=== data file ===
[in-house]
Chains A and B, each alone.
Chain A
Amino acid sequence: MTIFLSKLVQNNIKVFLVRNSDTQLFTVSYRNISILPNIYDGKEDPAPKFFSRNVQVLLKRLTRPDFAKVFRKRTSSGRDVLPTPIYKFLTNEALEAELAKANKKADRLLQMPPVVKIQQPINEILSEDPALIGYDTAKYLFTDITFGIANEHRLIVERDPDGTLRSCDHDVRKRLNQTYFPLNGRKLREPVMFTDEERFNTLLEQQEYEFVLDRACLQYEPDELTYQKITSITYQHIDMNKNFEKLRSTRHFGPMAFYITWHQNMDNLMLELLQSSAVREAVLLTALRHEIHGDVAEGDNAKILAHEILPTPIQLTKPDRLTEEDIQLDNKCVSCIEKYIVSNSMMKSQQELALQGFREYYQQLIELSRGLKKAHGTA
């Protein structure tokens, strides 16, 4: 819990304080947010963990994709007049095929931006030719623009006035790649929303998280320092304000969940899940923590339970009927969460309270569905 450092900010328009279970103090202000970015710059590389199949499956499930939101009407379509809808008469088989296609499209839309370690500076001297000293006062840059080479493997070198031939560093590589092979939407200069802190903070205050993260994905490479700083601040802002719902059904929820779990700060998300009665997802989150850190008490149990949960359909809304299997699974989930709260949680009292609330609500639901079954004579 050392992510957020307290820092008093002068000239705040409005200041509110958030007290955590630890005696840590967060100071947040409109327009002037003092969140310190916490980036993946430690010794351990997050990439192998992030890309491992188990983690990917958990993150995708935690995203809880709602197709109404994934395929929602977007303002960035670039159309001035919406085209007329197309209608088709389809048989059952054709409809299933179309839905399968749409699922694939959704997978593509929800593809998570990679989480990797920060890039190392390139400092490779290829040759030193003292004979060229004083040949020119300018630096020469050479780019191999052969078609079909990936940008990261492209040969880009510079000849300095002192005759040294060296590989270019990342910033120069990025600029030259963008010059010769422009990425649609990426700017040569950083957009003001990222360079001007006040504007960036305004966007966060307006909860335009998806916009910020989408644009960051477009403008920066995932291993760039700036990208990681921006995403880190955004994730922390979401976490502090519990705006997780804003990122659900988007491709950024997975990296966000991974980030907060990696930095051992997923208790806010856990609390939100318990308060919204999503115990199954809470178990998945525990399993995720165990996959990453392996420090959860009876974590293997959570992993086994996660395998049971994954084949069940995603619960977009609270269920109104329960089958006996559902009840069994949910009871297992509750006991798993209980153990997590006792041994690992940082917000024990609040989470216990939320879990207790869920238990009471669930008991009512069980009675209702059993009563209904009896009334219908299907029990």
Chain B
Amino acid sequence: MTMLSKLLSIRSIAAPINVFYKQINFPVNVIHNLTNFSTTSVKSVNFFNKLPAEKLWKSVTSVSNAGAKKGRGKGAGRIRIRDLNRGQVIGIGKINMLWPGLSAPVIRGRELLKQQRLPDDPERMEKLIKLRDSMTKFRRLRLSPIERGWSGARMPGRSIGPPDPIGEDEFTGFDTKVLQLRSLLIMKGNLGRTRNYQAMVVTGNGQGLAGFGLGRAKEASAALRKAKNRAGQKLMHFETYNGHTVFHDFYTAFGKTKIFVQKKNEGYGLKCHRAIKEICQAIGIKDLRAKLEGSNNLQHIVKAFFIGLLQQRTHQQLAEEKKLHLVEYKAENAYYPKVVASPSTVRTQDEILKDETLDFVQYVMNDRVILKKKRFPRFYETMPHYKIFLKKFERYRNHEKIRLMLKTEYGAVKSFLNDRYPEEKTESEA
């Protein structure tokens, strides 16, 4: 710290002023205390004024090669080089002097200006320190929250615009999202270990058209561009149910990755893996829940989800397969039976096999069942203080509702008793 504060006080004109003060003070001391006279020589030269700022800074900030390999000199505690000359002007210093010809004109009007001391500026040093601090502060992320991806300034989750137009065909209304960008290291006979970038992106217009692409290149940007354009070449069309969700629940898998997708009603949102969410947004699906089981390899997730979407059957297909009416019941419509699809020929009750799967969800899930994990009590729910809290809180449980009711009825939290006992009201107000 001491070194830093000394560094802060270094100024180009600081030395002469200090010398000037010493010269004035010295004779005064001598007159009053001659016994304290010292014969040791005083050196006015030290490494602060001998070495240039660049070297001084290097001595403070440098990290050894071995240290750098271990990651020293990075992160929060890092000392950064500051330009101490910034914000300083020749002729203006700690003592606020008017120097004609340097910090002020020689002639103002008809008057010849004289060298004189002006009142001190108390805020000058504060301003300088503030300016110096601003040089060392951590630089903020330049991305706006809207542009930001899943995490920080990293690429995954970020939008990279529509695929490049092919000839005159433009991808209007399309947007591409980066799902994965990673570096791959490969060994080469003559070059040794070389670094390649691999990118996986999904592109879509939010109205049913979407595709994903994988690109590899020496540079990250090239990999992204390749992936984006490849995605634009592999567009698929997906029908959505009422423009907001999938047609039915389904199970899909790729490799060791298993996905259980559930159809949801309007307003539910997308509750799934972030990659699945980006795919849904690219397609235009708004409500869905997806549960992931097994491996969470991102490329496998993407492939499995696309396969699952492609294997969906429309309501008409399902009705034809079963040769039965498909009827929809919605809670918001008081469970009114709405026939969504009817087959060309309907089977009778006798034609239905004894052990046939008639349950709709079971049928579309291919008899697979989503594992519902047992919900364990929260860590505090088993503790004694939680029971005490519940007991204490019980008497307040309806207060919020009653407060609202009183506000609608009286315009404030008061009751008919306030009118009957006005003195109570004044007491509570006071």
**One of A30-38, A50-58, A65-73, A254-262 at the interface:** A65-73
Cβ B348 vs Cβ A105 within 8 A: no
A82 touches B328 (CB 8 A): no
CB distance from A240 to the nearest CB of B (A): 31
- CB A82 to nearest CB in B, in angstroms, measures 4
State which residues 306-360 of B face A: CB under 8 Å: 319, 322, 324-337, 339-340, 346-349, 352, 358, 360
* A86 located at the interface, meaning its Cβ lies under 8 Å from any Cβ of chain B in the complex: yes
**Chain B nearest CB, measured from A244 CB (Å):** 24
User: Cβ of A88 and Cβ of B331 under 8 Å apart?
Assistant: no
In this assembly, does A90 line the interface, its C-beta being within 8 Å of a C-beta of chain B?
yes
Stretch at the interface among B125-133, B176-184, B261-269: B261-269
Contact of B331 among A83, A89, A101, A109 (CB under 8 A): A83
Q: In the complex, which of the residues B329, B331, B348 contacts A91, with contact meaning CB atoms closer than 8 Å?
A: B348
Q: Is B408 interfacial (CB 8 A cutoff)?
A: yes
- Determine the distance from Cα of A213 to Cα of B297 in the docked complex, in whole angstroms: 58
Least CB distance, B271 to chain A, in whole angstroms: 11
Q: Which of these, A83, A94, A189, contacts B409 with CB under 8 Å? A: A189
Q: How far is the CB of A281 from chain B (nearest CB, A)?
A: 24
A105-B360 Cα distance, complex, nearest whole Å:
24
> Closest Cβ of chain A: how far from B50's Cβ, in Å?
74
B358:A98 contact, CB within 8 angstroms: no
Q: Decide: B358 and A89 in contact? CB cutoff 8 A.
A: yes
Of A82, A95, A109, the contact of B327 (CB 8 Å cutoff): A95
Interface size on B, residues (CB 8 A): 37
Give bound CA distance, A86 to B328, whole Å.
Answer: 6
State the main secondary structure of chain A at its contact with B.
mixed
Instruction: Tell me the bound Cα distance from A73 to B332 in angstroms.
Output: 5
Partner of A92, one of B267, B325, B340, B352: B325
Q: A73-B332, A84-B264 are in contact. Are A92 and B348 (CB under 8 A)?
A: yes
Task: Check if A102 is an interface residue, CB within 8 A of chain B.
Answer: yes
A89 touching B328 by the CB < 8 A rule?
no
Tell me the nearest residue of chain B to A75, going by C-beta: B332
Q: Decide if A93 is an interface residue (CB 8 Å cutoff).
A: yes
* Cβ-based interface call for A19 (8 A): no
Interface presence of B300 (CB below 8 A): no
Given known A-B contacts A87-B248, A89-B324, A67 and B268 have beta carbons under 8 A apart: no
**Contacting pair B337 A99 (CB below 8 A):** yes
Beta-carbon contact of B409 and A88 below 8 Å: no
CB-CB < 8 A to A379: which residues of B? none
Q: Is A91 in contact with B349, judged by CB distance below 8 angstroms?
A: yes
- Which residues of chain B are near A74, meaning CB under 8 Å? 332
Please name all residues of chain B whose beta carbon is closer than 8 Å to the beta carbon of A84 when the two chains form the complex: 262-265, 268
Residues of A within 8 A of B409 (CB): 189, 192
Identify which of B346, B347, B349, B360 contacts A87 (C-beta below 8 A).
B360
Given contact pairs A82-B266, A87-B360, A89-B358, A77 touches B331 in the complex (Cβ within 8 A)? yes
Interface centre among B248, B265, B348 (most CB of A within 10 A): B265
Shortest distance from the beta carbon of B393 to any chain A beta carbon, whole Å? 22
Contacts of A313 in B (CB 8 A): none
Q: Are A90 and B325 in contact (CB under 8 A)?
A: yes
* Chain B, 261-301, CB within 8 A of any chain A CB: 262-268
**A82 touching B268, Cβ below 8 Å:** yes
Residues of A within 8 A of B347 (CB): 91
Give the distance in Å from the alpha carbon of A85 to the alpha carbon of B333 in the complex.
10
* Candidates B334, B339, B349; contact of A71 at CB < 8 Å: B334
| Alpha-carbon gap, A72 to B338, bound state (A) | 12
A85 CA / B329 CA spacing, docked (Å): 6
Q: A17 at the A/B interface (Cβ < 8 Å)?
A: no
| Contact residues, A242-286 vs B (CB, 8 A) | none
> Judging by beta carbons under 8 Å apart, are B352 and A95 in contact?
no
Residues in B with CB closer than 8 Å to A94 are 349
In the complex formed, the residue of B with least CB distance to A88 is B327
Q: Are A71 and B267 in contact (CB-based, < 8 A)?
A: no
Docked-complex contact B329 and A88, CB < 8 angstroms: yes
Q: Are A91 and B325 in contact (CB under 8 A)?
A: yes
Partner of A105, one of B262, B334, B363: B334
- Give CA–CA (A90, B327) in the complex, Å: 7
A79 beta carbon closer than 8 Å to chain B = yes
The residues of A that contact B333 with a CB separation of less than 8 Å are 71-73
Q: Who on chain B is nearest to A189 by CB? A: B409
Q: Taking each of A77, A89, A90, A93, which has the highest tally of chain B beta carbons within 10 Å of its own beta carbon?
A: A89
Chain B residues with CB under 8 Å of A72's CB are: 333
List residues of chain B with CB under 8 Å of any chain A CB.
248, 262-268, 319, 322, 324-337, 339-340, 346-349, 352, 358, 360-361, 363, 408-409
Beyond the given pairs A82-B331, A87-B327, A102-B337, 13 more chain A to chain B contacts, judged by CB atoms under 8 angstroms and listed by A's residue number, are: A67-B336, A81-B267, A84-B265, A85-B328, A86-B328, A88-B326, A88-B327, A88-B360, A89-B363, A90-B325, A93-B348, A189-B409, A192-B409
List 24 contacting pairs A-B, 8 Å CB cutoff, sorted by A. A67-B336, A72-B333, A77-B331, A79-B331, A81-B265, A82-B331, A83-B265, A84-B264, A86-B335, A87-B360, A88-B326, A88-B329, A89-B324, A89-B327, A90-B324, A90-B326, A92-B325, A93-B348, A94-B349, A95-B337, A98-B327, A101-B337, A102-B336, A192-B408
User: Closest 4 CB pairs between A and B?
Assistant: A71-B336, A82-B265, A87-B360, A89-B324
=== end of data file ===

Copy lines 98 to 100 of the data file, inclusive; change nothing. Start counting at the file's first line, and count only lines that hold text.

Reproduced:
A79 beta carbon closer than 8 Å to chain B = yes
The residues of A that contact B333 with a CB separation of less than 8 Å are 71-73
Q: Who on chain B is nearest to A189 by CB? A: B409